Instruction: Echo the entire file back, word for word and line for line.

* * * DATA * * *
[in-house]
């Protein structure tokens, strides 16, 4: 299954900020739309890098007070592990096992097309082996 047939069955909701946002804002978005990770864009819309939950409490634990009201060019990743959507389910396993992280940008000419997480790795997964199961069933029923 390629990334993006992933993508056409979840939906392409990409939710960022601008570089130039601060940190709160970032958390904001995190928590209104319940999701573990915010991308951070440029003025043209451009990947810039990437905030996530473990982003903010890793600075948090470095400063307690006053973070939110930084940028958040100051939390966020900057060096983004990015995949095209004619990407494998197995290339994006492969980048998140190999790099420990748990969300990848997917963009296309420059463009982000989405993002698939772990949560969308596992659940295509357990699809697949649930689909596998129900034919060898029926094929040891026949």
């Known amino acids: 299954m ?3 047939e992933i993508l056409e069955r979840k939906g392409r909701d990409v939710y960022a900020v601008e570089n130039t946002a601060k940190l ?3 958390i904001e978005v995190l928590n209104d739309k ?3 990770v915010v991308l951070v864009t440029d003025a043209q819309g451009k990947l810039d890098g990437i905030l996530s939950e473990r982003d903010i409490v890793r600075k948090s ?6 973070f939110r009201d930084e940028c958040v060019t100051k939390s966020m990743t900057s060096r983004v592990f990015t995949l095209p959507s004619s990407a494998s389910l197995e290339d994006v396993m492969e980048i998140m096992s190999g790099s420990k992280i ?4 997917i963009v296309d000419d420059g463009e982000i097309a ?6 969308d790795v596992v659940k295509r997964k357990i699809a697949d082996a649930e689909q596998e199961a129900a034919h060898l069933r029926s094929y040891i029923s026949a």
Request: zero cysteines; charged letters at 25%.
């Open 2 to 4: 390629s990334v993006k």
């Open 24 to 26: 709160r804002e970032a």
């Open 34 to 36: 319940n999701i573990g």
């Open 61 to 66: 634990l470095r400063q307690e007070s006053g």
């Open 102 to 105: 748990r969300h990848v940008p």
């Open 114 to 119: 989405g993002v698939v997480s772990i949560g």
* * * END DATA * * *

[in-house]
């Protein structure tokens, strides 16, 4: 299954900020739309890098007070592990096992097309082996 047939069955909701946002804002978005990770864009819309939950409490634990009201060019990743959507389910396993992280940008000419997480790795997964199961069933029923 390629990334993006992933993508056409979840939906392409990409939710960022601008570089130039601060940190709160970032958390904001995190928590209104319940999701573990915010991308951070440029003025043209451009990947810039990437905030996530473990982003903010890793600075948090470095400063307690006053973070939110930084940028958040100051939390966020900057060096983004990015995949095209004619990407494998197995290339994006492969980048998140190999790099420990748990969300990848997917963009296309420059463009982000989405993002698939772990949560969308596992659940295509357990699809697949649930689909596998129900034919060898029926094929040891026949």
């Known amino acids: 299954m ?3 047939e992933i993508l056409e069955r979840k939906g392409r909701d990409v939710y960022a900020v601008e570089n130039t946002a601060k940190l ?3 958390i904001e978005v995190l928590n209104d739309k ?3 990770v915010v991308l951070v864009t440029d003025a043209q819309g451009k990947l810039d890098g990437i905030l996530s939950e473990r982003d903010i409490v890793r600075k948090s ?6 973070f939110r009201d930084e940028c958040v060019t100051k939390s966020m990743t900057s060096r983004v592990f990015t995949l095209p959507s004619s990407a494998s389910l197995e290339d994006v396993m492969e980048i998140m096992s190999g790099s420990k992280i ?4 997917i963009v296309d000419d420059g463009e982000i097309a ?6 969308d790795v596992v659940k295509r997964k357990i699809a697949d082996a649930e689909q596998e199961a129900a034919h060898l069933r029926s094929y040891i029923s026949a």
Request: zero cysteines; charged letters at 25%.
């Open 2 to 4: 390629s990334v993006k």
């Open 24 to 26: 709160r804002e970032a």
């Open 34 to 36: 319940n999701i573990g």
């Open 61 to 66: 634990l470095r400063q307690e007070s006053g």
């Open 102 to 105: 748990r969300h990848v940008p």
């Open 114 to 119: 989405g993002v698939v997480s772990i949560g």